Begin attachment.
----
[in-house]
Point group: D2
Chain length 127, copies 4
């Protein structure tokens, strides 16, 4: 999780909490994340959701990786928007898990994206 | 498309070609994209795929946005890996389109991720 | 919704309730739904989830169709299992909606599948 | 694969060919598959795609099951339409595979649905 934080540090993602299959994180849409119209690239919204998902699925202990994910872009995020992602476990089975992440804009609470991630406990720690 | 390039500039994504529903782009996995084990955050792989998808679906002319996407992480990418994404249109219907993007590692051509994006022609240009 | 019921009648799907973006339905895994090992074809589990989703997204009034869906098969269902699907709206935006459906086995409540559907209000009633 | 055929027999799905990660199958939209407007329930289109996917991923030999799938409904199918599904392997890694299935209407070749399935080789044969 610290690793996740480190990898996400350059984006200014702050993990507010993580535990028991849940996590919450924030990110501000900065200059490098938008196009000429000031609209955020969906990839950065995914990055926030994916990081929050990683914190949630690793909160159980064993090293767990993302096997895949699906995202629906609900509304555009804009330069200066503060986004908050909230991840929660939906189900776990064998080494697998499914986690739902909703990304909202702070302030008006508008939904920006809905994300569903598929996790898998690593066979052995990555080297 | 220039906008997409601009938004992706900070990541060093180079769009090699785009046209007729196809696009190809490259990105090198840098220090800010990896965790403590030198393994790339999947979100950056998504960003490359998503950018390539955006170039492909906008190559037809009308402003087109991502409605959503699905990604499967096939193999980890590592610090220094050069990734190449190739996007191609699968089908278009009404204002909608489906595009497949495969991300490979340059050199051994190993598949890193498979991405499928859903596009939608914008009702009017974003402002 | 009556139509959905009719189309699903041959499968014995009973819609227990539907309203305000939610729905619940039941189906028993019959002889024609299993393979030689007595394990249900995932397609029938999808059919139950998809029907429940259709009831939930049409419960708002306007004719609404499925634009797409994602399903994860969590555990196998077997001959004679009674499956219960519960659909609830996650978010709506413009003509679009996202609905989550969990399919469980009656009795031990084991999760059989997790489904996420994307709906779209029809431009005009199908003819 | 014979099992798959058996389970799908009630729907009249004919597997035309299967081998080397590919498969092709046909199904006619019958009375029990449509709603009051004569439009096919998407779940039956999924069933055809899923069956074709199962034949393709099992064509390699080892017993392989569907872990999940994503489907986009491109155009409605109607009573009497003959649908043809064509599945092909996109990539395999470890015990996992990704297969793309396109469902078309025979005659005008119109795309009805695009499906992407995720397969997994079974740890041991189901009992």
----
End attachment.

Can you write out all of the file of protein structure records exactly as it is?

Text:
[in-house]
Point group: D2
Chain length 127, copies 4
């Protein structure tokens, strides 16, 4: 999780909490994340959701990786928007898990994206 | 498309070609994209795929946005890996389109991720 | 919704309730739904989830169709299992909606599948 | 694969060919598959795609099951339409595979649905 934080540090993602299959994180849409119209690239919204998902699925202990994910872009995020992602476990089975992440804009609470991630406990720690 | 390039500039994504529903782009996995084990955050792989998808679906002319996407992480990418994404249109219907993007590692051509994006022609240009 | 019921009648799907973006339905895994090992074809589990989703997204009034869906098969269902699907709206935006459906086995409540559907209000009633 | 055929027999799905990660199958939209407007329930289109996917991923030999799938409904199918599904392997890694299935209407070749399935080789044969 610290690793996740480190990898996400350059984006200014702050993990507010993580535990028991849940996590919450924030990110501000900065200059490098938008196009000429000031609209955020969906990839950065995914990055926030994916990081929050990683914190949630690793909160159980064993090293767990993302096997895949699906995202629906609900509304555009804009330069200066503060986004908050909230991840929660939906189900776990064998080494697998499914986690739902909703990304909202702070302030008006508008939904920006809905994300569903598929996790898998690593066979052995990555080297 | 220039906008997409601009938004992706900070990541060093180079769009090699785009046209007729196809696009190809490259990105090198840098220090800010990896965790403590030198393994790339999947979100950056998504960003490359998503950018390539955006170039492909906008190559037809009308402003087109991502409605959503699905990604499967096939193999980890590592610090220094050069990734190449190739996007191609699968089908278009009404204002909608489906595009497949495969991300490979340059050199051994190993598949890193498979991405499928859903596009939608914008009702009017974003402002 | 009556139509959905009719189309699903041959499968014995009973819609227990539907309203305000939610729905619940039941189906028993019959002889024609299993393979030689007595394990249900995932397609029938999808059919139950998809029907429940259709009831939930049409419960708002306007004719609404499925634009797409994602399903994860969590555990196998077997001959004679009674499956219960519960659909609830996650978010709506413009003509679009996202609905989550969990399919469980009656009795031990084991999760059989997790489904996420994307709906779209029809431009005009199908003819 | 014979099992798959058996389970799908009630729907009249004919597997035309299967081998080397590919498969092709046909199904006619019958009375029990449509709603009051004569439009096919998407779940039956999924069933055809899923069956074709199962034949393709099992064509390699080892017993392989569907872990999940994503489907986009491109155009409605109607009573009497003959649908043809064509599945092909996109990539395999470890015990996992990704297969793309396109469902078309025979005659005008119109795309009805695009499906992407995720397969997994079974740890041991189901009992």